The other 183 member countries are divided into groups led by one country. The most important one (6,57% of the votes) is led by Belgium. The least important group of countries (1,55% of the votes) is led by Gabon and brings together African countries.

, African Development Bank and Inter-American Development Bank loans to Africa, Asia and Latin America. But these outcomes have also taught us the costs that can come with negotiated settlements with creditors. This is because the cancellations were provided on condition of disastrous economic policies such as privatization and liberalization of domestic markets and enforced clearance of debt arrears.
These lessons teach us that indebted governments, through calling for multi-lateral negotiations or by taking direct action, must always seek to challenge the dominant role of the creditor. And we, the people, must apply consistent pressure to ensure our governments act in our interests.
The global debt justice movement draws on many inspiring examples of this in action.

Argentina and Grenada

In Latin America there is the much mis-represented Argentine debt default which forced the majority of creditors to accept 25-30 cent in the dollar on their loans. In Charleville this weekend, Dr Alan Cibils, chair of the Political Economy Department at the Universidad Nacional de General Sarmiento in Buenos Aires will re-balance Balance End of year statement of a company’s assets (what the company possesses) and liabilities (what it owes). In other words, the assets provide information about how the funds collected by the company have been used; and the liabilities, about the origins of those funds. the debate about Argentina’s decision. His work highlights the unavoidable necessity for governments to tackle unsustainable debt levels and outlines the benefits that arise from treating non-payment of unsustainable or unjust debt as an effective policy option for governments in crisis.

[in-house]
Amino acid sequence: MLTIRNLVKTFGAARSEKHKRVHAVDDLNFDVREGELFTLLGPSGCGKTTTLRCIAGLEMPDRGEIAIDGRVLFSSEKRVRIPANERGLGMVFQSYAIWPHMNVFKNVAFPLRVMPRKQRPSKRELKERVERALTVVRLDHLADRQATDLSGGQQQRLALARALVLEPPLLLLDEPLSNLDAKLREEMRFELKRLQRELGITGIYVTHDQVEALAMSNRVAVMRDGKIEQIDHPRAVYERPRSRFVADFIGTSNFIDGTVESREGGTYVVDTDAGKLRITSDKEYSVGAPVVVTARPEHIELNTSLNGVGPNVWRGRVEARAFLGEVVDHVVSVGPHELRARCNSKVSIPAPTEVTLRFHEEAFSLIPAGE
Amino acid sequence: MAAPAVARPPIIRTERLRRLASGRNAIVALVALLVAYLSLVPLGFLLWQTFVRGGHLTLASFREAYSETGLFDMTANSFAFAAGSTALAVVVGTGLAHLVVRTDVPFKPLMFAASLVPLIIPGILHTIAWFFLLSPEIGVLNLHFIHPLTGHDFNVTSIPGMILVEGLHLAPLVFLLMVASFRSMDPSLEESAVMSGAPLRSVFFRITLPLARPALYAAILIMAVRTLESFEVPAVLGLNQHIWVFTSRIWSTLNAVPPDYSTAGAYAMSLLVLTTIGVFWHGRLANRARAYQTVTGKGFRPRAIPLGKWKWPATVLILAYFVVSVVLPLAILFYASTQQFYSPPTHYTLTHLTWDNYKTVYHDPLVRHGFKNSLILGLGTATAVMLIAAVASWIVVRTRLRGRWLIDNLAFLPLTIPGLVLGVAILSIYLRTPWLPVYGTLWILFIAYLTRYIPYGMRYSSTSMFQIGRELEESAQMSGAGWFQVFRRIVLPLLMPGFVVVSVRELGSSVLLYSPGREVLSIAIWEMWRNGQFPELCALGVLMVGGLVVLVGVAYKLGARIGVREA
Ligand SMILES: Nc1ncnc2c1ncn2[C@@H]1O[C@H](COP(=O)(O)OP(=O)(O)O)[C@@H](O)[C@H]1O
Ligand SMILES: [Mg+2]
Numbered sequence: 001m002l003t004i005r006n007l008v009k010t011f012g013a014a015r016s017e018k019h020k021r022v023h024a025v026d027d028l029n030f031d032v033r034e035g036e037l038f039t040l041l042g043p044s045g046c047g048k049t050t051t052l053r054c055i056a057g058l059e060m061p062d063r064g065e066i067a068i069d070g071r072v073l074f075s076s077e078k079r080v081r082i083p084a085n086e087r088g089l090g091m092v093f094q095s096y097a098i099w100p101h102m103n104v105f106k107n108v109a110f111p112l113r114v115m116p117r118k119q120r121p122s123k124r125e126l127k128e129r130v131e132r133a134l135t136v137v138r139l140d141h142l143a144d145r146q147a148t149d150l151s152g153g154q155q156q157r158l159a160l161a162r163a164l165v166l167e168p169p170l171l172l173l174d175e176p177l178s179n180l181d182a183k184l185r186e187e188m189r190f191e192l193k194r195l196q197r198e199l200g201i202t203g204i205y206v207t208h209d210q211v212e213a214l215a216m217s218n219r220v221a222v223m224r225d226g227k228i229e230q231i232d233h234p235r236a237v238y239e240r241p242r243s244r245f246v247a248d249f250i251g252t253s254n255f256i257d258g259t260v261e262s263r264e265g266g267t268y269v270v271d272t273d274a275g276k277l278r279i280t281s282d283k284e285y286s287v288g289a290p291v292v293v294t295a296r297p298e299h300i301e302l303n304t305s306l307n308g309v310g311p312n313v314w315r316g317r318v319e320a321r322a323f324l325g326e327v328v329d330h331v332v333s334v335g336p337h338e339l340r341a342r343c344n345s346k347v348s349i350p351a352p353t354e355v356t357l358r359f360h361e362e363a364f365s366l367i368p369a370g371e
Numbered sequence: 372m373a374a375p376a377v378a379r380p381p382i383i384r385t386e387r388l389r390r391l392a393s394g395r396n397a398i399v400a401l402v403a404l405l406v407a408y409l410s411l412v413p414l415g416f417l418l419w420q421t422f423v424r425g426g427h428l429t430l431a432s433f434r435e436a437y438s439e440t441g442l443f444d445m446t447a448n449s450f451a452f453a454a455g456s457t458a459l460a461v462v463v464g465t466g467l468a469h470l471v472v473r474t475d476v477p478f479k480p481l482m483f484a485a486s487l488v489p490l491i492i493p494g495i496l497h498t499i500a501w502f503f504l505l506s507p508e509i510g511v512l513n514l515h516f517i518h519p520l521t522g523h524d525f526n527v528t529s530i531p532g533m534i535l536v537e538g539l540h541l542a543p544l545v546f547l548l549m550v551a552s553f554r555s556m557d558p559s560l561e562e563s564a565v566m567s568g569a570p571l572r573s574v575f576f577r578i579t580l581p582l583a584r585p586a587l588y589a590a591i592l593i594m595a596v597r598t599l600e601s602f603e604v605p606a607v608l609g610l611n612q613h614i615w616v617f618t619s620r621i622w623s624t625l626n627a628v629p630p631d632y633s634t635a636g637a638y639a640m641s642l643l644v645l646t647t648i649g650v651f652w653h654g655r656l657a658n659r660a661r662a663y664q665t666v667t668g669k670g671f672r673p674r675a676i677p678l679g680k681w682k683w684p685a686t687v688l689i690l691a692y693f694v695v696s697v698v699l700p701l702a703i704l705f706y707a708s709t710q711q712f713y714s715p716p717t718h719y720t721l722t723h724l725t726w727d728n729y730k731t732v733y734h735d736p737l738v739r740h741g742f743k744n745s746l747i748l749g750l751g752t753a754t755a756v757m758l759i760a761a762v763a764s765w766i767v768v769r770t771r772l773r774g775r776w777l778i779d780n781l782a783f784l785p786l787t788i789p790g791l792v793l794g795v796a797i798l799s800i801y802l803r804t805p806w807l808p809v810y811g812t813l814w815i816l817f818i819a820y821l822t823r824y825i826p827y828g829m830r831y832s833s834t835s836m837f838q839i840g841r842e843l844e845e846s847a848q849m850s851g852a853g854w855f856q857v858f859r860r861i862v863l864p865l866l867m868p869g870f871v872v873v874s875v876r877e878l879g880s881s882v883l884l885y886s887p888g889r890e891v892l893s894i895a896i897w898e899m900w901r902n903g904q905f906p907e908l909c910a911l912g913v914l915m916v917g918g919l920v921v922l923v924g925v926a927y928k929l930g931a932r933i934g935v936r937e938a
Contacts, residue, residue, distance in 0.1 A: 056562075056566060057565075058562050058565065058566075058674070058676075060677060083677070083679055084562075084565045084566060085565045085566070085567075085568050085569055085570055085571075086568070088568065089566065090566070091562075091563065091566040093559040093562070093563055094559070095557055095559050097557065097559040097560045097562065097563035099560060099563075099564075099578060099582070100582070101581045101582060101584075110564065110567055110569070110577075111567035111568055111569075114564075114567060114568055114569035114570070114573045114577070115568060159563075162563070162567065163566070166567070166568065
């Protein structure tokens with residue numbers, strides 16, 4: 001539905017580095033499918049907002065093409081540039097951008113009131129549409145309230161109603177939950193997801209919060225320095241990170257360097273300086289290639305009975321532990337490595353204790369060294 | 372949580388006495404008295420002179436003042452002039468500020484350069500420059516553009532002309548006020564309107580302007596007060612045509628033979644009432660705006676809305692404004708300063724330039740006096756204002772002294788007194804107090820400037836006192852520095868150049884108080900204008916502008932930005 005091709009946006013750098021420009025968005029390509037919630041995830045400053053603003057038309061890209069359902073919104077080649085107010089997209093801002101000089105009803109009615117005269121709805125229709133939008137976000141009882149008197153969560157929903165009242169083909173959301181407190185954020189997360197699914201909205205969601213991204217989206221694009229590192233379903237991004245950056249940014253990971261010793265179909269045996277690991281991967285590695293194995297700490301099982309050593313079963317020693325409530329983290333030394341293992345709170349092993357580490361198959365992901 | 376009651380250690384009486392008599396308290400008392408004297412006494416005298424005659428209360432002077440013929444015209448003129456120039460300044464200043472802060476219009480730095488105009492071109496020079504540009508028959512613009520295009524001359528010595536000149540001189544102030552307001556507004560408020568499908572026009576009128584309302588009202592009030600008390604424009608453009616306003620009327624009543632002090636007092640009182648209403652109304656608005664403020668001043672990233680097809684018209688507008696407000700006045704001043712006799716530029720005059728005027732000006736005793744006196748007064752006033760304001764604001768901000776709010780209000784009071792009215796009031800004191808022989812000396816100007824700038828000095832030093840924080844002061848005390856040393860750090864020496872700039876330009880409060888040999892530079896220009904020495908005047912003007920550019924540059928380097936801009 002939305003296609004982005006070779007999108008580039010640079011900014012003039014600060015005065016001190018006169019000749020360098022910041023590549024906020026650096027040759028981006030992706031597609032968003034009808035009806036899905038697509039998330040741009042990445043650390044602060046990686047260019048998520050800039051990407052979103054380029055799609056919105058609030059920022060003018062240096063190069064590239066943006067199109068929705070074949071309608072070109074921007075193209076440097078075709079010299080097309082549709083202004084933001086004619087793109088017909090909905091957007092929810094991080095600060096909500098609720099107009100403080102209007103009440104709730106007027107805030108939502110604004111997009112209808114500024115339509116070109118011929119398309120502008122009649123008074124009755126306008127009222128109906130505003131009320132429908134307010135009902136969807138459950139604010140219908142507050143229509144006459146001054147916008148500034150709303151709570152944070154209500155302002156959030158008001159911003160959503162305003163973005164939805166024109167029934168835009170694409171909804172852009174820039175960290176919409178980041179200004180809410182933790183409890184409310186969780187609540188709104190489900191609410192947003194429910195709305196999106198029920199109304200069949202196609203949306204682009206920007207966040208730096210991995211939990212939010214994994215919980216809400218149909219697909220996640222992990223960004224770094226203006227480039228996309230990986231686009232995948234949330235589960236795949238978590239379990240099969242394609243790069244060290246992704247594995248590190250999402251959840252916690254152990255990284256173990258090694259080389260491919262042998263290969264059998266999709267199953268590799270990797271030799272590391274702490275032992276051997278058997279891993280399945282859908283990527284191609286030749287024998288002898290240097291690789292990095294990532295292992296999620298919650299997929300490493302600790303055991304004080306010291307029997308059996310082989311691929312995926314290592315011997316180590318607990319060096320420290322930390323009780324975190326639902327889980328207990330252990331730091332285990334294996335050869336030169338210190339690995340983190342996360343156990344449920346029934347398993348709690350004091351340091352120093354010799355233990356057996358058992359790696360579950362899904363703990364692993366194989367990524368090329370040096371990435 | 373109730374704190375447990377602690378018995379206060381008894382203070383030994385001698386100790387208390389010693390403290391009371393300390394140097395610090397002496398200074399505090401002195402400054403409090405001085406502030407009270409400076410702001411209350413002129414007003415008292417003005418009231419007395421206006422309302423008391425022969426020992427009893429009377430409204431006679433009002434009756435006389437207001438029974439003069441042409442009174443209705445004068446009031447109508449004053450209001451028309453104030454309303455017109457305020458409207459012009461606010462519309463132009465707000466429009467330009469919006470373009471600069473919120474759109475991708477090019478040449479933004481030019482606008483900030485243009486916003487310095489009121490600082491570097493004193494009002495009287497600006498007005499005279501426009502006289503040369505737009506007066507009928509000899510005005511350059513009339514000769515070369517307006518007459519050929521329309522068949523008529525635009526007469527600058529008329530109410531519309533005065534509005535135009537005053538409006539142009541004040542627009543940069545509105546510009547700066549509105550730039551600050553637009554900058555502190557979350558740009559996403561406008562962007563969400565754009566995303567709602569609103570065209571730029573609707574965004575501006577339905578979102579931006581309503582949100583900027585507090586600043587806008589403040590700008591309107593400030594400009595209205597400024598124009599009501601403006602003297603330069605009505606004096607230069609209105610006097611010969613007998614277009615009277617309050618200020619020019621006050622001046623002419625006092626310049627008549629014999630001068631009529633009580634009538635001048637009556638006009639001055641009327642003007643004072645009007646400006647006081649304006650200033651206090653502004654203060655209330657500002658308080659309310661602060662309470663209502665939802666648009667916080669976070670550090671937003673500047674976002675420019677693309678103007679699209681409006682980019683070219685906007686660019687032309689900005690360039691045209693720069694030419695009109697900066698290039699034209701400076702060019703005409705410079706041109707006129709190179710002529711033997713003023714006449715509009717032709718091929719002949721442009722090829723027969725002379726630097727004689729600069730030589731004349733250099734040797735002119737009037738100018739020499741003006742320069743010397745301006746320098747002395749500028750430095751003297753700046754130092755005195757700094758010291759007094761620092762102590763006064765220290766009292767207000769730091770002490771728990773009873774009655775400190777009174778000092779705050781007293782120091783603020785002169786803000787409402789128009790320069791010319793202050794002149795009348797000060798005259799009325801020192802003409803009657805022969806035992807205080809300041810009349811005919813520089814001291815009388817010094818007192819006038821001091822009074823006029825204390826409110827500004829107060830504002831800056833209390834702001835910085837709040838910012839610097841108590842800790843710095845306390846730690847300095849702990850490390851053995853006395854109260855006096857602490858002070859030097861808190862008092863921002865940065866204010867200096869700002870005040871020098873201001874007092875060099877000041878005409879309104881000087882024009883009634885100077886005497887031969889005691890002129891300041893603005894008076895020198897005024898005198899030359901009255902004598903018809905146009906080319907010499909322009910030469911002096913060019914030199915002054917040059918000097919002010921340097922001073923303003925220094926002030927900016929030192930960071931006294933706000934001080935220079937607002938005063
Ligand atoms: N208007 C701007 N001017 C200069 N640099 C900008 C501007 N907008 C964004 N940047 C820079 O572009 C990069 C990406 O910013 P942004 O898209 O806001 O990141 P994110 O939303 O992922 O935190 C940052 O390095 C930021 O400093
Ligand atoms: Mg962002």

While the Irish Government appears to believe that there are no policy options beyond full debt repayment, the small plucky Caribbean island state of Grenada is taking a different route. Last March, Grenada was unable to pay its debts to its international creditors. In a ground breaking development last month, the Minister for Economic Development in Grenada announced that they are calling a debtor-creditor conference in order to negotiate debt cancellation with their creditors.
Indeed, Grenada is mirroring the precedent of the massive debt write down achieved by Germany in 1953, through the London Debt Accord, which comprehensively relieved Germany of about 50% of its sovereign, commercial and personal debts.

We are paying off debts that are not our own – but through consistent, popular resistance, our society can be free of this crisis, writes Nessa Ní Chasaide.

The people have the most power

Around the world, grassroots movements continue to call on their governments to act for justice. In 2012, in addition to mass protest, people in Portugal sang some of their national anthem “the people have the most power” wherever government ministers appeared. In El Salvador workers went on strike for nine months forcing their government to reverse a health privatization plan. In Greece, workers in Thessaloniki took control of their factory, abandoned by its owners. In Tunisia many hundreds of strikes have been held since 2011 under the banner ‘we don’t owe, we won’t pay’.
The events in Ballyhea and Charleville this weekend are a poignant moment for reflection on these global struggles. Instead of mourning the ongoing debt crises in the Global South and in Europe, this weekend we will focus on the international connectedness of people living with unjust debts. From Ballyhea to Buenos Aries and from Athens to Islamabad, people around the world are consistently opposing unjust sovereign debt Sovereign debt Government debts or debts guaranteed by the government. payments.
We celebrate our successes and learn from campaign setbacks, but above all we take the long view – that unjust debts should not be paid and it is through consistent people’s resistance that this may be achieved.

Nessa Ní Chasaide is coordinator of Debt and Development Coalition Ireland. She tweets from @Debt_Ireland.

The full programme for the events in Ballyhea/Charleville on Sat 9th and Sun 10th November can be found here.

Source: http://businessetc.thejournal.ie/readme/we-won%E2%80%99t-give-up-the-fight-for-international-debt-justice-1163708-Nov2013/